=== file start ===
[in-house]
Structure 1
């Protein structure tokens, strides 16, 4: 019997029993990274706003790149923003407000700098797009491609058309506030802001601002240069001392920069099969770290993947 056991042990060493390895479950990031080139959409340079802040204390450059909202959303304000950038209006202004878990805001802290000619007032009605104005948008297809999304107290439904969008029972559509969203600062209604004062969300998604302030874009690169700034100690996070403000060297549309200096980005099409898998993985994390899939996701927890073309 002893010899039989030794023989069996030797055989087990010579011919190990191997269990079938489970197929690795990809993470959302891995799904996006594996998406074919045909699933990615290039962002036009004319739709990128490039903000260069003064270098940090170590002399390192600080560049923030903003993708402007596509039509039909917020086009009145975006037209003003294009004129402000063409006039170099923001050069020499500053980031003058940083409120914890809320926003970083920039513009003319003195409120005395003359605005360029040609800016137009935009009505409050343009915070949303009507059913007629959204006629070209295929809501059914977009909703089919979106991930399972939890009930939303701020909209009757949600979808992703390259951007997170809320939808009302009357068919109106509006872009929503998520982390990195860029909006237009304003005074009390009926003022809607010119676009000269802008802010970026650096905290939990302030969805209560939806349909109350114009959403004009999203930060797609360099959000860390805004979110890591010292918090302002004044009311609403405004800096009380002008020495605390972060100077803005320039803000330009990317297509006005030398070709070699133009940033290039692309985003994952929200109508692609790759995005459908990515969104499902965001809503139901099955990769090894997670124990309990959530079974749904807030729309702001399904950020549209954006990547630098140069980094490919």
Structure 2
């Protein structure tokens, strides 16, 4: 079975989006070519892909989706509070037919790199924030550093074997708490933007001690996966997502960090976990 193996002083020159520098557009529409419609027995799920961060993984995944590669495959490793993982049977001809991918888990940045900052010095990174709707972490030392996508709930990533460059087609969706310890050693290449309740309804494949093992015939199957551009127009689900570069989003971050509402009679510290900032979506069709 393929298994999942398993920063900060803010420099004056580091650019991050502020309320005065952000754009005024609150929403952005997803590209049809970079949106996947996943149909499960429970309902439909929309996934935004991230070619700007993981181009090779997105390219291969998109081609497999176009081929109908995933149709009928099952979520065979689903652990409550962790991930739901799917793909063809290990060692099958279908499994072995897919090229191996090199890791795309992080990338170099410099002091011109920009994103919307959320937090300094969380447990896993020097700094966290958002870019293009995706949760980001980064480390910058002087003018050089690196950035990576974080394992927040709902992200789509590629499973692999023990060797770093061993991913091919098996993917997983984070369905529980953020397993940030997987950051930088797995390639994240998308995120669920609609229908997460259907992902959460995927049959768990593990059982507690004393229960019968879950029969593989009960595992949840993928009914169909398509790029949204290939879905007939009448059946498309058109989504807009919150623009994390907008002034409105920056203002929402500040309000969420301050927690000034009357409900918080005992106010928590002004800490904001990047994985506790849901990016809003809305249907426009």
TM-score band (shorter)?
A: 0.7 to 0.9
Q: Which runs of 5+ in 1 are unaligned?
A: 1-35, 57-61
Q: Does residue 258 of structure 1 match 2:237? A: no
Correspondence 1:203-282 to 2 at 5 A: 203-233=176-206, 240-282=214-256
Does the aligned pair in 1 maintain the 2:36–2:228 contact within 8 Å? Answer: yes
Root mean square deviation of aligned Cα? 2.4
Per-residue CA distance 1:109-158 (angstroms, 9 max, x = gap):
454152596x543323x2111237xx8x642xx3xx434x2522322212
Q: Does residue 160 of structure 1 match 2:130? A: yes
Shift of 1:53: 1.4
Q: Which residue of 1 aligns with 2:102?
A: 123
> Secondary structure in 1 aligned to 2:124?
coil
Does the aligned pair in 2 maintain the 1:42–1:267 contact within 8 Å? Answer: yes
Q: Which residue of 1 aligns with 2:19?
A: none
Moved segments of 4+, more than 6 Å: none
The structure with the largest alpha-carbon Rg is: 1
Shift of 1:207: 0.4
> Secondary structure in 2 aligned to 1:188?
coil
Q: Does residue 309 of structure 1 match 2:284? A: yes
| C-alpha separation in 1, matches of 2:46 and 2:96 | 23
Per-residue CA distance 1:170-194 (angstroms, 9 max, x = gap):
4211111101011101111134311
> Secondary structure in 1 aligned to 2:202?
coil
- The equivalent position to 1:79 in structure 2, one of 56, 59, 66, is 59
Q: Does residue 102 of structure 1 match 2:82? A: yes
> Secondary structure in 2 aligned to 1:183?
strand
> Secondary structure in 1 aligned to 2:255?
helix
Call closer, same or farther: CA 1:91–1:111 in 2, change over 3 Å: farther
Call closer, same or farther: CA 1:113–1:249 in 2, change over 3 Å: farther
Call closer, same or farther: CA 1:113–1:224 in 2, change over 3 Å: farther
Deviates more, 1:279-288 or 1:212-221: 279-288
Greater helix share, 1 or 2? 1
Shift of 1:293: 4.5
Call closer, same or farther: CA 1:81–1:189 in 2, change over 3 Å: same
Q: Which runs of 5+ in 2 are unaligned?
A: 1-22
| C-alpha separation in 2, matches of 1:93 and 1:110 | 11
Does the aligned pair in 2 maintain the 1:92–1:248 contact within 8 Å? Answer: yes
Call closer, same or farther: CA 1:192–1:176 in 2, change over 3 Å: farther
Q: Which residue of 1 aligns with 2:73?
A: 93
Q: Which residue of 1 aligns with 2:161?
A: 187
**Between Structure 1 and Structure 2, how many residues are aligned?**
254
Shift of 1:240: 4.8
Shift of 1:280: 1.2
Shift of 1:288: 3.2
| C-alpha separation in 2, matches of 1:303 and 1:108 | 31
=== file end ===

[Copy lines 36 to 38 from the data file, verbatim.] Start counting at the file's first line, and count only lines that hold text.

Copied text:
- The equivalent position to 1:79 in structure 2, one of 56, 59, 66, is 59
Q: Does residue 102 of structure 1 match 2:82? A: yes
> Secondary structure in 2 aligned to 1:183?